We should hesitate about reversing the judgment on the exception to the charge alone, for the remark of the court excepted to, when read in connection with all that was said upon the subject, might be regarded as a comment on the evidence rather than an instruction that certain essential elements of the crime had been established as matter of law. ( Sindram v. People, 88 N.Y. 196, 202.) The exception to the refusal to charge, however, cannot be overlooked without establishing a precedent that might endanger the liberty of innocent persons charged with crime. ( McKenna v. People, 81 N.Y. 360, 362; Stokes v. People, 53 N.Y. 164, 180.)
It was necessary for the People to establish by legal evidence the three elemental facts already pointed out, constituting the crime charged. The evidence introduced to prove these facts involved the credibility of witnesses. The plea of not guilty and the presumption of innocence make the credibility of every witness for the People in a criminal action a question of fact for the jury. Within the limits of sound discretion the court may discuss and comment upon that question, but cannot decide it, for that is the exclusive duty of the jury, established by the practice of many generations. The court cannot withdraw from them any controlling fact which depends upon the credibility of witnesses, even of the highest character and standing. No matter how conclusive the evidence was in the case before us, and assuming that it was wholly uncontradicted and that the inferences all pointed one way, each of the three fundamental facts was for the jury to pass upon, for if the court could take away one from them it could take away all, and thus direct a verdict, which is never allowed in a criminal case. While in a civil action, when there is no conflict in the evidence and no diverse inferences therefrom are possible within reason, the court may direct a verdict even in a case of the utmost importance, still in a criminal action this is not permitted by the law even in a case of the most trifling importance.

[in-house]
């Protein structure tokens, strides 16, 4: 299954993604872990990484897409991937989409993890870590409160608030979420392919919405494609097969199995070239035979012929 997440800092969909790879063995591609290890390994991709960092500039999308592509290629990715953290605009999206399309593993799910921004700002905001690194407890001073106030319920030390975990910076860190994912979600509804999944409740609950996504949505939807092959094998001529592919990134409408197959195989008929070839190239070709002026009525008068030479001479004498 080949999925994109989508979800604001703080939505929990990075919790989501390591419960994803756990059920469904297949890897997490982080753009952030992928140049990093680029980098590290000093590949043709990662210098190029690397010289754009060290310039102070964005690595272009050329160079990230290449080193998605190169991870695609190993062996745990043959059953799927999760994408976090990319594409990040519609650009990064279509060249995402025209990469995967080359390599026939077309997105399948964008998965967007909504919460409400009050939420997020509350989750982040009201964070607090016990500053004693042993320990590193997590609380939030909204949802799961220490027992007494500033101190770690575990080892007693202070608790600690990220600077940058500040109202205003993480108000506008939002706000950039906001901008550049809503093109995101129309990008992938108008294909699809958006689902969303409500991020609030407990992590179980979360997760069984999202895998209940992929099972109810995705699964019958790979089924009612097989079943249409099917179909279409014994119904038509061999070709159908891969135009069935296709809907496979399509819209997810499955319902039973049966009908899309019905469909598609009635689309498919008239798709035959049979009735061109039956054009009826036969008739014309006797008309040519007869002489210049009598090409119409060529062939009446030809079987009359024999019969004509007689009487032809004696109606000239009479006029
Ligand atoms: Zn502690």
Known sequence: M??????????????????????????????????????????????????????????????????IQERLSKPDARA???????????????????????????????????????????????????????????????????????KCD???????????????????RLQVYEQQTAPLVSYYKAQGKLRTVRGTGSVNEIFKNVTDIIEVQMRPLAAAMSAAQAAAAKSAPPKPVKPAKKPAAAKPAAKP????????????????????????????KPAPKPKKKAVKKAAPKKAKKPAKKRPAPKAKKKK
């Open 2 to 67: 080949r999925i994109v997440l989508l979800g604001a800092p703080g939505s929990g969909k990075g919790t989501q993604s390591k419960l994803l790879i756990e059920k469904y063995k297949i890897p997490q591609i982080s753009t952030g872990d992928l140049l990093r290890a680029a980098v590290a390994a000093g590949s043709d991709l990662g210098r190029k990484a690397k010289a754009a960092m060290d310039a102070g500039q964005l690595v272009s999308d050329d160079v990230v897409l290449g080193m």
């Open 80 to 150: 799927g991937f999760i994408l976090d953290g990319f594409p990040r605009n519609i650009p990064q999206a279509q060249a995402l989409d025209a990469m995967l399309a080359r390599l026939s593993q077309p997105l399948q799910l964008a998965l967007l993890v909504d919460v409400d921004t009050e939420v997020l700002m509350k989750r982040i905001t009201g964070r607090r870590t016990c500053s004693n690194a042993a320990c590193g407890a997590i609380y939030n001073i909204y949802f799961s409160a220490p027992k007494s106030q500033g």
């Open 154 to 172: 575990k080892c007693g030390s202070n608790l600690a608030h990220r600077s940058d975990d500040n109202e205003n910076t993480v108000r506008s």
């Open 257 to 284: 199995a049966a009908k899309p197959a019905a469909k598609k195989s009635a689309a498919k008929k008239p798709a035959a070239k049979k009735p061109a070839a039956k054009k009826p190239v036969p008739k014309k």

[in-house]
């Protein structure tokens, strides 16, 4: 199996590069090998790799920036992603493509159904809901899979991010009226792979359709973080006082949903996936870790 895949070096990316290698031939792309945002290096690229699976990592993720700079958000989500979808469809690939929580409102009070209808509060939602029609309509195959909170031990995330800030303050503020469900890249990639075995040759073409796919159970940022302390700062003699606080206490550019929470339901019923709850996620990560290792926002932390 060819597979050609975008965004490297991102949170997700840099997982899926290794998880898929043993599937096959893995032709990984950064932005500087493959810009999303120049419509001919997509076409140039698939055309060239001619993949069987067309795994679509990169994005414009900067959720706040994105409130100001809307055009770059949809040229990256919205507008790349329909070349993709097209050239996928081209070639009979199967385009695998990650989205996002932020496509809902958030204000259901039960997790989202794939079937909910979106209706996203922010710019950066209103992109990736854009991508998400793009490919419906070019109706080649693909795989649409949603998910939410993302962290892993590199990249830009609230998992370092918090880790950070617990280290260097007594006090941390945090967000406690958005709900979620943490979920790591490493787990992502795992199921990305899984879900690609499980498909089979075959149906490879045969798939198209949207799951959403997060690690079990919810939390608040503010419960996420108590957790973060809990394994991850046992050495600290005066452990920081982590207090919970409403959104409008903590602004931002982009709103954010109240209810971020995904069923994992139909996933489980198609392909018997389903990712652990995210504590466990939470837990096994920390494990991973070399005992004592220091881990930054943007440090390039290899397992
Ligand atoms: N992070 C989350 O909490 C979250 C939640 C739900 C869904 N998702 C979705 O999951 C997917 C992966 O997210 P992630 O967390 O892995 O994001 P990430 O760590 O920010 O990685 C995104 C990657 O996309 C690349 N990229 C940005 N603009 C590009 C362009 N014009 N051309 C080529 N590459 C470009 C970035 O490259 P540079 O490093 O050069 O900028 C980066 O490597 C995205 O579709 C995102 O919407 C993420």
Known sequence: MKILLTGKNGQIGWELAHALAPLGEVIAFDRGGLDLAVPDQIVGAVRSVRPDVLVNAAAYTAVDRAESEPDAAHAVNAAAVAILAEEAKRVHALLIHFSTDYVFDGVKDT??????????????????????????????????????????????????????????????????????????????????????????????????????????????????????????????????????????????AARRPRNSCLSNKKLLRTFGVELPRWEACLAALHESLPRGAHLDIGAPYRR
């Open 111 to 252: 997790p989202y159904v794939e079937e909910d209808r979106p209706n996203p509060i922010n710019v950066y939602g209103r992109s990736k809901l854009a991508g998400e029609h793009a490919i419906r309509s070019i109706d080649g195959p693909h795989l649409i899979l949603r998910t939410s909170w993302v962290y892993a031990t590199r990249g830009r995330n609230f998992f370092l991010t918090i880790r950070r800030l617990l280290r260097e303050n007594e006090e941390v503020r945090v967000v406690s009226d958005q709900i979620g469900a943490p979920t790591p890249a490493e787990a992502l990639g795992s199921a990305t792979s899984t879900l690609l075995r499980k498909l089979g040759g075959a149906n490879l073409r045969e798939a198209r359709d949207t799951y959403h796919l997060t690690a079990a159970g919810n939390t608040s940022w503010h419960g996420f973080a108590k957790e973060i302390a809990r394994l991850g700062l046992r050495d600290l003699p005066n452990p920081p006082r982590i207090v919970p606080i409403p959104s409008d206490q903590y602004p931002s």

When the court, without qualification, refused to charge that it was a question of fact whether the property was at any time in the possession of the defendant, in view of what had already been charged, it, in effect, directed a verdict as to a vital element of the crime. All questions of law, except in a criminal prosecution for libel, are for the court, and all questions of fact for the jury. Both by statute and common law they are "the exclusive judges of all questions of fact" and every essential element of a crime presents a question of fact, whether there is any conflict in the evidence or not. (Code Cr. Pro. §§ 419, 420.) When the jury are made the exclusive judges of a question as one of fact, the court is precluded from passing judgment upon it as one of law.
It should be observed, however, that when a fact, even of great importance, is admitted by the defendant or his counsel in open court during the trial, that fact is established by the admission, and no evidence need be given in relation to it. Under such circumstances, the court might with propriety charge that the fact was established, but with this exception every constituent part of the crime must be left to the jury, if a timely request is made to that effect.
Moreover, as is frequently the case, if a fact essential to the crime, although not expressly admitted, is undisputed and is treated during the trial by all concerned as established, it would not be reversible error for the court to so charge, unless, and the exception is vital, the defendant should ask to have it submitted to the jury, and in that event, even in such a case, it would be the duty of the court to submit it accordingly.
The application of these principles to this case requires a new trial, because the court, although duly requested, refused to submit the question of possession to the jury. We regret the necessity of reversing the judgment, but the error is too important to be disregarded, even under the latitude of the statute permitting us to give judgment without regard to technical errors or those which do not affect substantial rights. (Code Cr. Pro. § 542.) The error in question is not technical, and not only is a substantial right of the defendant involved, but the question is of importance to jurisprudence, for what we adjudge is the law of the state, binding upon all within its limits and liable to affect the liberty of any citizen, however innocent, who is prosecuted for a criminal offense.
The judgment of conviction should be reversed and a new trial ordered.
CULLEN, Ch. J., GRAY, EDWARD T. BARTLETT, WILLARD BARTLETT and CHASE, JJ., concur; HAIGHT, J., absent.
Judgment of conviction reversed, etc.